Remember that the majority of commercial fishing boats are steel, and endure for years, and that almost all Navy ships and workboats are steel as well.
If the boat checks all the other boxes, I'd say go for it.
I would not compare a work boat to a pleasure boat unless you're pleasure is working on a steel boat. Also both of the boat types you have mentioned have crew that are there all day to see to those projects. I have had the pleasure to work around tugs and fishing boats for the last quarter century and it is a constant job of chasing rust best left to the professional. Our last tug carried two welding machines and a cook that was a certified welder and he was the hardest working man on the vessel.
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Old 09-03-2019, 10:48   #11
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Re: Rust in steel Schooner bilge? Some say "run"?

I've Owned a Steel 42 ' cutter since 2000 built USA 1985.
Yes you will always chase rust but rust in bilge a problem since you can't see it.

I found a tiny area of rust on the Outside of the hull that when I attacked it with a pick hammer left a hole into my chain locker up front near the tip of the bow. Ended up with a hole the size of my fist. Easy fix just weld in a patch.

Problem is what ya can't see. Hulls aren't that thick to start, we aren't building a battleship so 3.3 mm is not a big deal but the real question is what the original hull specs called for in plate thickness i.e. how much steel is left.
Just be ready for a lot of work! But the darn things are indestructible and don't leak or blister ever!!

Russ 42' Ted Brewer Kingsland
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Old 09-03-2019, 10:59   #12
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Re: Rust in steel Schooner bilge? Some say "run"?

Rust in steel boats depends on the barrier coat. As long as the barrier coat is maintained, they don't rust, the steel doesn't waste away. Many years ago I ran a navy tug that was zinc coated under the usual navy grey paint. It was extremely low maintenance. Later I built mostly commercial steel boats and coated them the same way - flame sprayed zinc using a Metco gun. When there is a break in the zinc, a little sanding, a torch, and a zinc stick fills the break. Look how long a zinc coated anchor lasts. Some epoxy barriers are nearly as good.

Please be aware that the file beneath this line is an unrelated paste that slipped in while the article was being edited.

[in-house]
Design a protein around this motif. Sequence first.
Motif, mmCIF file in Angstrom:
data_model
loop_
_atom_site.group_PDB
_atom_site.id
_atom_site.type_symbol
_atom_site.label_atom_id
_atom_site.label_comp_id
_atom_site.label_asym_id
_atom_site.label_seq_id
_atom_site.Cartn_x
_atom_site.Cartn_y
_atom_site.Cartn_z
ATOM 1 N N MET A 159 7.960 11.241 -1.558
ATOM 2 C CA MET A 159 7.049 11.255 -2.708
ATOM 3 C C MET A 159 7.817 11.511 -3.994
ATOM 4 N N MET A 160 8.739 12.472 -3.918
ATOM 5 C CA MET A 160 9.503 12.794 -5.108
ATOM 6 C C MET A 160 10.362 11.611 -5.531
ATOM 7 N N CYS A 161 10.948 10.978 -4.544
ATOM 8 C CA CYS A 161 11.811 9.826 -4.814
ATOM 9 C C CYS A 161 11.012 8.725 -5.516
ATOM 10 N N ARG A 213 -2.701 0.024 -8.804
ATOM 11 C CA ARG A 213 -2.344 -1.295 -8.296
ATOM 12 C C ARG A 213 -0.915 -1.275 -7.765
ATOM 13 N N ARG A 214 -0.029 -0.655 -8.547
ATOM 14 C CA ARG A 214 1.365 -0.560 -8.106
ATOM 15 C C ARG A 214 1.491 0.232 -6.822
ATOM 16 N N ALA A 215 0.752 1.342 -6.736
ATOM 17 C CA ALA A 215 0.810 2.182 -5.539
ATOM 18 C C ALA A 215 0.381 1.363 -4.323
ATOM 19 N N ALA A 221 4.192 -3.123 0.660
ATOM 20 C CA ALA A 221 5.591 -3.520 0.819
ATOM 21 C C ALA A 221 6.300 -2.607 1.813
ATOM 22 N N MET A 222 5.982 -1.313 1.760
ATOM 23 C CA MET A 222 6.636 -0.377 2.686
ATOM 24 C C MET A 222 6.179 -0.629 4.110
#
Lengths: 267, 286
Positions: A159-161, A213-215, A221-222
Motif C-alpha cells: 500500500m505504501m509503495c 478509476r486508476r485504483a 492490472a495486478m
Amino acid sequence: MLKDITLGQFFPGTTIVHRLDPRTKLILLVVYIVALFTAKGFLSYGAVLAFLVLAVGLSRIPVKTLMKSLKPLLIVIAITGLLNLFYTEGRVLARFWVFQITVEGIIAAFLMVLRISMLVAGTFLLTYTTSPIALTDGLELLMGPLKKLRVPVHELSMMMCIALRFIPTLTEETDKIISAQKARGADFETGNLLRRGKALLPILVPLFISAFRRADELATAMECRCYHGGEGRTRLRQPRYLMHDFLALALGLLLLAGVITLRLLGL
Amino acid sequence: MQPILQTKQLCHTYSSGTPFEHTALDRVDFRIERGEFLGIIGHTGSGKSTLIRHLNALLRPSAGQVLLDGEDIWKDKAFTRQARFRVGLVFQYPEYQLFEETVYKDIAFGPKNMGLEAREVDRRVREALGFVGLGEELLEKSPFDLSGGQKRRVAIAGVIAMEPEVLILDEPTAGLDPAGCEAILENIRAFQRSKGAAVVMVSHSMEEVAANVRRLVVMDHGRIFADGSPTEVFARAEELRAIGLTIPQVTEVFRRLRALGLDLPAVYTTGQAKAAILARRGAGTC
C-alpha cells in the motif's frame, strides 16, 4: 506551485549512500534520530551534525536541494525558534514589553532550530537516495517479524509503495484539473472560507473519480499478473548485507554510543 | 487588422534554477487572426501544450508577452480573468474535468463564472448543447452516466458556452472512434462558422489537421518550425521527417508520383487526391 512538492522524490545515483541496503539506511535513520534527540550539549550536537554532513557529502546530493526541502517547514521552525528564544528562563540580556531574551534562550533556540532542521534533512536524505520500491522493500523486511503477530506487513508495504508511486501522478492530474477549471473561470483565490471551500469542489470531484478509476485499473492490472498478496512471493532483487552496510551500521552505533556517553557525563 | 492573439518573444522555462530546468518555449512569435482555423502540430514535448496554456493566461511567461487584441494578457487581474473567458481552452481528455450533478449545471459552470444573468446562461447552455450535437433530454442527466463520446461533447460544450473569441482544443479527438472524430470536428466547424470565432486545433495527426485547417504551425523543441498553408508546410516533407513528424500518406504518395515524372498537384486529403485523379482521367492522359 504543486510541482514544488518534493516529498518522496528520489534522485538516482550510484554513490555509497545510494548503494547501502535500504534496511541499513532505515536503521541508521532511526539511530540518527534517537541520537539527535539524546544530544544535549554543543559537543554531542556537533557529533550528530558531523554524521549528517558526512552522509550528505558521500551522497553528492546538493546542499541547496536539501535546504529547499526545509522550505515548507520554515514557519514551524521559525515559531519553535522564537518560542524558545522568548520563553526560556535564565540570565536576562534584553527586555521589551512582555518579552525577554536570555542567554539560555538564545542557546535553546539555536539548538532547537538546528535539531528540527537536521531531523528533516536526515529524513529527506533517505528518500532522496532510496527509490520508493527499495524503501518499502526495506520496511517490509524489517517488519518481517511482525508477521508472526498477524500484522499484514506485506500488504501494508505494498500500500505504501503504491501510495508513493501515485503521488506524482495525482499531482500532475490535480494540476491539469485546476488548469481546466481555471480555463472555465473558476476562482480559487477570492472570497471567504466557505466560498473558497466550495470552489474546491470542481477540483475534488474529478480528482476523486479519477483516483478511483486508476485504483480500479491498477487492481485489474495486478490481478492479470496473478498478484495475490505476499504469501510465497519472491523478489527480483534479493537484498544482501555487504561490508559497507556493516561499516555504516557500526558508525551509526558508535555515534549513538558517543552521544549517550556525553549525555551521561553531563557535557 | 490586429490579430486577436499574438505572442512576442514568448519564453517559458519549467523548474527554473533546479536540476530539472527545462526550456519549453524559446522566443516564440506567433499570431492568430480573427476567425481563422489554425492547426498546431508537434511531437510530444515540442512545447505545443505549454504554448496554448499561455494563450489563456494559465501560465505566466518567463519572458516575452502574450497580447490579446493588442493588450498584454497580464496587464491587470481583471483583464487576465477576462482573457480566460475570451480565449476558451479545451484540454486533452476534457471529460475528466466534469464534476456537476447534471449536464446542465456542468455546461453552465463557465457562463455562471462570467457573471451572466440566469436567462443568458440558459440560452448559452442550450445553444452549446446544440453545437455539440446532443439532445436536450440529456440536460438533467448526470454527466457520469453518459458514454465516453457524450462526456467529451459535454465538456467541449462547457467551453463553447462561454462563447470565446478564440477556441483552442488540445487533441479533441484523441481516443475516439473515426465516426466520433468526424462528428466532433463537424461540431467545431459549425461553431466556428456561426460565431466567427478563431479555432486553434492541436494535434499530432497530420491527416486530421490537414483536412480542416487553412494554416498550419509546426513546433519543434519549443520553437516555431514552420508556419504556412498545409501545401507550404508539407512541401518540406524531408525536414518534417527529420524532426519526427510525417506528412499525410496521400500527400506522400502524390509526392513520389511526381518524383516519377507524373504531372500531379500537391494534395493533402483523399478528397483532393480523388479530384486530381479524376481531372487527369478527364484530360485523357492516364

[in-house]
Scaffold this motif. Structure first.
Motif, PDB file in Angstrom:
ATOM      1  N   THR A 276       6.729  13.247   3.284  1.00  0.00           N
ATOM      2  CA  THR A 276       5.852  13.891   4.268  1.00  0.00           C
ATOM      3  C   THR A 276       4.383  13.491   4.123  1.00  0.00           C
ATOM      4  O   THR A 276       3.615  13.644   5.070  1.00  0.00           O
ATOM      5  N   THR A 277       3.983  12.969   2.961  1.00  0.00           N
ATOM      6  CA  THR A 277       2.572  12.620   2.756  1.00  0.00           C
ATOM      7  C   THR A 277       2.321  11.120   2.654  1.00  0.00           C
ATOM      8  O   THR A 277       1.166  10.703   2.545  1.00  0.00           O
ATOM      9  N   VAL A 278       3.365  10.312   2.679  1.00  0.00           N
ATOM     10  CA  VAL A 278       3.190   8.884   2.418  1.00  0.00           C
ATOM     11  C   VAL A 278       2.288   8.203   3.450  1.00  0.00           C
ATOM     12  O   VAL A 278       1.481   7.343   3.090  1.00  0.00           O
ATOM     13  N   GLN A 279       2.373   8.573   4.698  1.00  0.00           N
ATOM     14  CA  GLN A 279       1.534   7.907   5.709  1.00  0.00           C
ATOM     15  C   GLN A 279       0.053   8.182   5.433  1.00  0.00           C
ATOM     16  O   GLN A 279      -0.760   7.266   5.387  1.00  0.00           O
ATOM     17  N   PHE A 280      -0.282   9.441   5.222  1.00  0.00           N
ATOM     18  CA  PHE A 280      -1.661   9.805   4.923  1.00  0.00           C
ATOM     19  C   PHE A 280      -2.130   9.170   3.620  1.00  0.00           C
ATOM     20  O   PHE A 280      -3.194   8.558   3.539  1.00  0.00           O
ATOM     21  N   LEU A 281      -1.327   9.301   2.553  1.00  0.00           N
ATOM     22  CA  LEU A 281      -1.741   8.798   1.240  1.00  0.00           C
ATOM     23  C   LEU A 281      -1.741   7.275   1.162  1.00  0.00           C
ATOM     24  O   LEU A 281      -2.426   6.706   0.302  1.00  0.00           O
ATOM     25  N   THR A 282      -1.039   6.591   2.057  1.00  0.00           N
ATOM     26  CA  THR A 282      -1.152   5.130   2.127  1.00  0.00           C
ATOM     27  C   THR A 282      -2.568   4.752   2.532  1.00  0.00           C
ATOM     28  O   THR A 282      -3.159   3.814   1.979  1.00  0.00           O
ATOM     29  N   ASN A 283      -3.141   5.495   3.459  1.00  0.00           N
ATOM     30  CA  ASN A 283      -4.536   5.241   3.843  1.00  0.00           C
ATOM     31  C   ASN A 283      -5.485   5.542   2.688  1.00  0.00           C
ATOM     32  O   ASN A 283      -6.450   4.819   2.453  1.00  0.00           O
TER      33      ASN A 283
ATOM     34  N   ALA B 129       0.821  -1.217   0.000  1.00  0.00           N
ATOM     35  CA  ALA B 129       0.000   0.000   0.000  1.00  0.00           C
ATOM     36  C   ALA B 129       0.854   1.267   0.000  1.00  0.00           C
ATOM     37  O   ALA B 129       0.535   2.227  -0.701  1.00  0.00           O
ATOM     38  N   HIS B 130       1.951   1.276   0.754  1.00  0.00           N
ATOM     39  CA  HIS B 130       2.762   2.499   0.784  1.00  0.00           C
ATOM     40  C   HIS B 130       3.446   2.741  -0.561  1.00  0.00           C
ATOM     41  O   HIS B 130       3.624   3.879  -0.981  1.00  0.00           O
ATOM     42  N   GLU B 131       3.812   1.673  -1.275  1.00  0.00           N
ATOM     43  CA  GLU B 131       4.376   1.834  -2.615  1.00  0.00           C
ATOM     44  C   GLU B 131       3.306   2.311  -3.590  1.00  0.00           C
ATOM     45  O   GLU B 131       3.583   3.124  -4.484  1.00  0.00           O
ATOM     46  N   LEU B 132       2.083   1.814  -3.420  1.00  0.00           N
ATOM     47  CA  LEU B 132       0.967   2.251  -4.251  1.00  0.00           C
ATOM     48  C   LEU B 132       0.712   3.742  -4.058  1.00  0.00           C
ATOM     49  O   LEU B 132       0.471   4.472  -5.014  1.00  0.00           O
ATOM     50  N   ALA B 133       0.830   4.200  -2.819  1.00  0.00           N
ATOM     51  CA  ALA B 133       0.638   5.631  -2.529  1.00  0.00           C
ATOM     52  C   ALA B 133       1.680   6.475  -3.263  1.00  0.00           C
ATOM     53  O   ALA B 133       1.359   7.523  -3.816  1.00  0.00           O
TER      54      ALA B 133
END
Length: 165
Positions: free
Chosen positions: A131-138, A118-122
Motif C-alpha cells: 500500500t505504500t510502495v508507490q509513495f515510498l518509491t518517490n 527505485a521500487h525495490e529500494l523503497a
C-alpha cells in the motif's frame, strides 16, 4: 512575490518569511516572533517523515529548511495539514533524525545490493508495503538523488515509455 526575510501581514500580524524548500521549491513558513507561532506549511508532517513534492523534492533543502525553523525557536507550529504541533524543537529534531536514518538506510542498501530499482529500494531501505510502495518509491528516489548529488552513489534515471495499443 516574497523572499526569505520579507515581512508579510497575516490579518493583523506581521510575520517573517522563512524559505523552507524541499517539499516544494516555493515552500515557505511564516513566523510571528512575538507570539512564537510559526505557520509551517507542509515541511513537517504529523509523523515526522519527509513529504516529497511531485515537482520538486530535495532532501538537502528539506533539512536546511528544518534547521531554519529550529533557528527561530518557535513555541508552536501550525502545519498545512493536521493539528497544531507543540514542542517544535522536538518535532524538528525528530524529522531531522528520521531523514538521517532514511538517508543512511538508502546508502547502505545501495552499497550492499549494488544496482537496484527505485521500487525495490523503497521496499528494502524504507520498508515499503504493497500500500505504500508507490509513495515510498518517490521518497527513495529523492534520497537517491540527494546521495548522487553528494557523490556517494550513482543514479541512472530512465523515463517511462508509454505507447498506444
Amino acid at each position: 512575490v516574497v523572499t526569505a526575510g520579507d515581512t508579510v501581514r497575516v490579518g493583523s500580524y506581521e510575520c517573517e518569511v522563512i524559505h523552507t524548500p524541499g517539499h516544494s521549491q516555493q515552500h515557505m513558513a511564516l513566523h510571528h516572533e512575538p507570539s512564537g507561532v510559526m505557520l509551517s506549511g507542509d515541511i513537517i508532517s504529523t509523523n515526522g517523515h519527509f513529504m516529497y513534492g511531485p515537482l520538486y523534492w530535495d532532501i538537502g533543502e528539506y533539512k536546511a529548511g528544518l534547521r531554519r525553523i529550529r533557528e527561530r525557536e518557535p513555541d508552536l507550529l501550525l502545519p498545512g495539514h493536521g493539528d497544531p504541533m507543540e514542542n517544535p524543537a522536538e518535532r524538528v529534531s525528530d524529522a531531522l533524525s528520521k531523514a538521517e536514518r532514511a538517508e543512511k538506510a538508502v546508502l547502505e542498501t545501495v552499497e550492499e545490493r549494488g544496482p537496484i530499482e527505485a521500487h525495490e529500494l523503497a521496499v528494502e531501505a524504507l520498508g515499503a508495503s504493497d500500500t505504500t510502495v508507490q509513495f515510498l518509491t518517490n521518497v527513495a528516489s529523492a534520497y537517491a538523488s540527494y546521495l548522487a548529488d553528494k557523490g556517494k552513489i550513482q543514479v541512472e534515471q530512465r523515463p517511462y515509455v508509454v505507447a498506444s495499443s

The advantage of steel is it is extremely strong compared to fiberglass and can take groundings, often with little damage. Rigging and mast attachment points are welded into the hull and never pull out or become loose. Major repairs are easier and stronger than fiberglass with the same damage (if the fiberglass boat even survived).
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Old 09-03-2019, 11:03   #13
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Re: Rust in steel Schooner bilge? Some say "run"?

Quote:
Originally Posted by Cheechako View Post
3.3mm is only a bit over 1/8" . Doesn't sound very thick to me if you have any rust.
Well I think that is a mistake on someone’s part. On that size boat I would expect at least 6mm if not more.
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Old 09-03-2019, 12:42   #14
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Re: Rust in steel Schooner bilge? Some say "run"?

I love steel boat posts where people replying start with “I haven’t owned a steel boat but...”

The best thing you can do is actually talk to fellow steel boat owners (shame the metal boat building forum is shut down now). Not all steel boats have rust now but when it does eventually creep through, it’s very easy to deal with.

Check the stringer to hull weld joints on this boat. If they’re solid - and there’s no pitting in the hull - either a quick grit blast or needle scaler will take it off. Hell, a flap disc on an angle grinder will take it off, as long as you then hit it with some good quality epoxy and topcoat / barrier coat paint.

If you go with steel, just make sure the bilges have nowhere for water to pool and there are limber holes everywhere... that way water goes to the lowest possible spot, you can have a bilge pump take care of it and if that area does rust, it’s manageable.

Oh, and ignore any posts that start with “I’ve never owned a steel boat, but my mate says....”

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Old 09-03-2019, 13:44   #15
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Re: Rust in steel Schooner bilge? Some say "run"?

We built a steel yacht 30 + years ago and have maintained it since. I love needle guns, but nothing beats a small abrasive blaster. Problem is that inside, they create a huge mess.
I agree that areas of pooled water are a danger sign. We have two such areas on our lower chine tubes. What I have done, is to place lengths of towelling like wicks with one end permanently in the potential pool area, and the other end dangling down like a syphon. This will automatically dry those areas.
We found some rust recently in an area we have never checked (behind the stove).
The cause was a seep from a porthole that we were unaware of.
I needle gunned the area, sandblasted it, then put a wide weave of mig weld over the area and it is OK again. The paint outside had to be redone. Luckily this was part of a major refit.
To answer the OP's query, have them thoroughly needle gun the suspect areas, and then visually check for wastage prior to coating. Also, the fact there is one area like this, indicates there could be more. ALL plate areas need to be seen from the inside.